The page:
IDEAS home Printed from https://ideas.repec.org/p/kie/kieliw/1989.html
   My bibliography  Save this paper

Systematic Errors in Growth Expectations over the Business Cycle

Author

Listed:
  • Jonas Dovern
  • Nils Jannsen

Abstract

Using real-time data, we analyze how the systematic expectation errors of professional forecasters in 19 advanced economies depend on the state of the business cycle. Our results indicate that the general result that forecasters systematically overestimate output growth (across all countries) masks considerable differences across different business-cycle states. We show that forecasts for recessions are subject to a large negative systematic forecast error (forecasters overestimate growth), while forecasts for recoveries are subject to a positive systematic forecast error. Forecasts made for expansions have, if anything, a small systematic forecast error for large forecast horizons. When we link information about the business-cycle state in the target year with quarterly information about its state in the forecasting period, we find that forecasters realize business-cycle turning points somewhat late. Using cross-country evidence, we demonstrate that the positive relationship between a change in trend growth rates and forecast bias, as suggested in the literature, breaks down when only focusing on forecasts made for expansions

Suggested Citation

  • Jonas Dovern & Nils Jannsen, 2015. "Systematic Errors in Growth Expectations over the Business Cycle," Kiel Working Papers 1989, Kiel Institute for the World Economy.
  • Handle: RePEc:kie:kieliw:1989
    as

    Download full text from publisher

    File URL: https://www.ifw-members.ifw-kiel.de/publications/systematic-errors-in-growth-expectations-over-the-business-cycle/systematic-errors-in-growth-expectations-over-the-business-cycle
    Download Restriction: no

    Citations

    Blog mentions

    As found by EconAcademics.org, the blog aggregator for Economics research:
    1. The problem with promises
      by chris in Stumbling and Mumbling on 2015-04-14 18:16:07
    2. Forecasting vs explaining
      by ? in Stumbling and Mumbling on 2015-04-16 19:14:00
    3. The knowledge problem
      by ? in Stumbling and Mumbling on 2015-04-24 18:06:00
    4. Welfare state trade-offs
      by ? in Stumbling and Mumbling on 2015-07-07 17:58:00
    5. In defence of welfare
      by ? in Stumbling and Mumbling on 2015-07-14 18:11:00
    6. Yes, Labour must change
      by ? in Stumbling and Mumbling on 2015-07-24 18:02:00
    7. On centrist utopianism
      by ? in Stumbling and Mumbling on 2015-07-28 18:29:00
    8. Ballroom dancing, & Sapir-Whorf
      by ? in Stumbling and Mumbling on 2015-08-19 18:25:00
    9. Nothing to fear but...
      by ? in Stumbling and Mumbling on 2015-08-25 17:17:00
    10. Inevitable "errors"
      by chris in Stumbling and Mumbling on 2015-09-16 18:54:24
    11. On forecasting recession
      by ? in Stumbling and Mumbling on 2015-10-09 17:39:00
    12. Complexity, & BBC bias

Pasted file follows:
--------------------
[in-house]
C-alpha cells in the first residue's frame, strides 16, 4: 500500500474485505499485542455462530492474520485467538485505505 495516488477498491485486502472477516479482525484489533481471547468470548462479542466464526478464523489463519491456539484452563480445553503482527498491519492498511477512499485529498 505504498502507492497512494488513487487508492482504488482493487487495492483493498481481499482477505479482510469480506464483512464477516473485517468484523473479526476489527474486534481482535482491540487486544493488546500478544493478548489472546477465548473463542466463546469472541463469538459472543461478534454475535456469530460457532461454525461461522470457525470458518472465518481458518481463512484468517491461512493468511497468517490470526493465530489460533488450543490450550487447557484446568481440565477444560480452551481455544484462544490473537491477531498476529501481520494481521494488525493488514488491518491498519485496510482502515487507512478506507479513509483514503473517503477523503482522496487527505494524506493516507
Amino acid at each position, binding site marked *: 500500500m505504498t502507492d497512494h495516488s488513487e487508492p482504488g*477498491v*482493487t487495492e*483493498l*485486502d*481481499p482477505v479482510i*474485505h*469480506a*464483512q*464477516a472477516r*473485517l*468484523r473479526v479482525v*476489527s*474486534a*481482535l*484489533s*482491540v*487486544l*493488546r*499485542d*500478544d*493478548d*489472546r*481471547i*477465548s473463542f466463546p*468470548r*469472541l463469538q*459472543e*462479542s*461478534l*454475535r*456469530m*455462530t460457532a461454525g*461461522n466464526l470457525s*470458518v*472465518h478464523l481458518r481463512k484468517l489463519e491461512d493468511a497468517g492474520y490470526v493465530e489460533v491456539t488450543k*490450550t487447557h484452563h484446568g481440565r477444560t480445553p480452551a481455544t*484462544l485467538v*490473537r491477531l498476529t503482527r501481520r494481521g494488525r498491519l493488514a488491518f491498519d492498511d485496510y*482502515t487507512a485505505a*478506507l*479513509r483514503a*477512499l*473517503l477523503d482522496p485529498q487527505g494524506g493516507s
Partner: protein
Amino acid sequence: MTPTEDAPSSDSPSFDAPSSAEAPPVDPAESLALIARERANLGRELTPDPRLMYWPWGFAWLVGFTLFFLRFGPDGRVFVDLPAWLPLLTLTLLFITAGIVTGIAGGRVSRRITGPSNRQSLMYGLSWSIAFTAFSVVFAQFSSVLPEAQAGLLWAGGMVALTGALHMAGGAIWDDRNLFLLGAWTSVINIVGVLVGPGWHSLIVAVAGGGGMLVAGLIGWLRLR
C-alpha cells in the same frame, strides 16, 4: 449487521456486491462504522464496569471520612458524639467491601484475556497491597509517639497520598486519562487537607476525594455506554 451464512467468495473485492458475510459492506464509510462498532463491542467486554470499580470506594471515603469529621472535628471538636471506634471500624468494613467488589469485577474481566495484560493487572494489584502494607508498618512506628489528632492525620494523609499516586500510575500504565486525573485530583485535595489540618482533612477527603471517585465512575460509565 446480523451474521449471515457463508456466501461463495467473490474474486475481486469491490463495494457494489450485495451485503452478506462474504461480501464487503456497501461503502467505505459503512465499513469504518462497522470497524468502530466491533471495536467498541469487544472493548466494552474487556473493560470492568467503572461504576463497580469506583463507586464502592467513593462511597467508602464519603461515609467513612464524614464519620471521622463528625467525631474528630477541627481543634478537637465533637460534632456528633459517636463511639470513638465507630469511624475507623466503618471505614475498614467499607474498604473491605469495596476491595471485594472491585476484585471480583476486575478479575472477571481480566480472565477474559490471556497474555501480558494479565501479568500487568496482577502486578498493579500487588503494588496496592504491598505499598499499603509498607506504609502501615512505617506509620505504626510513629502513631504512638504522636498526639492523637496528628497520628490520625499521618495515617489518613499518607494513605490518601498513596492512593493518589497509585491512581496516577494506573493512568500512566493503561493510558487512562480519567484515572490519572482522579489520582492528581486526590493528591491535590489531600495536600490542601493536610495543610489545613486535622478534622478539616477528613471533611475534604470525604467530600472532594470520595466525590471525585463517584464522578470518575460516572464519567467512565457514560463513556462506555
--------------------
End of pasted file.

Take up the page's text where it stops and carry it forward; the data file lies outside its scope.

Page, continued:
by ? in Stumbling and Mumbling on 2016-01-25 20:07:00
    13. Are recessions predictable?
      by ? in Stumbling and Mumbling on 2016-02-09 19:59:00
    14. Rational consumers
      by ? in Stumbling and Mumbling on 2016-05-31 17:32:00
    15. In defence of technology shocks
      by chris in Stumbling and Mumbling on 2016-09-20 17:38:32
    16. Why Is Macro So Hard? Bias Against Emergence and Bias Against Understanding
      by Dave in voluntaryXchange on 2019-06-27 18:21:00

    More about this item

    Keywords

    Macroeconomic expectations; forecasting; forecast bias; survey data;

    JEL classification:

    • C5 - Mathematical and Quantitative Methods - - Econometric Modeling
    • E2 - Macroeconomics and Monetary Economics - - Consumption, Saving, Production, Employment, and Investment
    • E3 - Macroeconomics and Monetary Economics - - Prices, Business Fluctuations, and Cycles

    NEP fields

    This paper has been announced in the following NEP Reports:

    Statistics

    Access and download statistics

    Corrections

    All material on this site has been provided by the respective publishers and authors. You can help correct errors and omissions. When requesting a correction, please mention this item's handle: RePEc:kie:kieliw:1989. See general information about how to correct material in RePEc.

    For technical questions regarding this item, or to correct its authors, title, abstract, bibliographic or download information, contact: (Dieter Stribny). General contact details of provider: http://edirc.repec.org/data/iwkiede.html .

    If you have authored this item and are not yet registered with RePEc, we encourage you to do it here. This allows to link your profile to this item. It also allows you to accept potential citations to this item that we are uncertain about.

    We have no references for this item. You can help adding them by using this form .

    If you know of missing items citing this one, you can help us creating those links by adding the relevant references in the same way as above, for each refering item. If you are a registered author of this item, you may also want to check the "citations" tab in your RePEc Author Service profile, as there may be some citations waiting for confirmation.

    Please note that corrections may take a couple of weeks to filter through the various RePEc services.

    IDEAS is a RePEc service hosted by the Research Division of the Federal Reserve Bank of St. Louis . RePEc uses bibliographic data supplied by the respective publishers.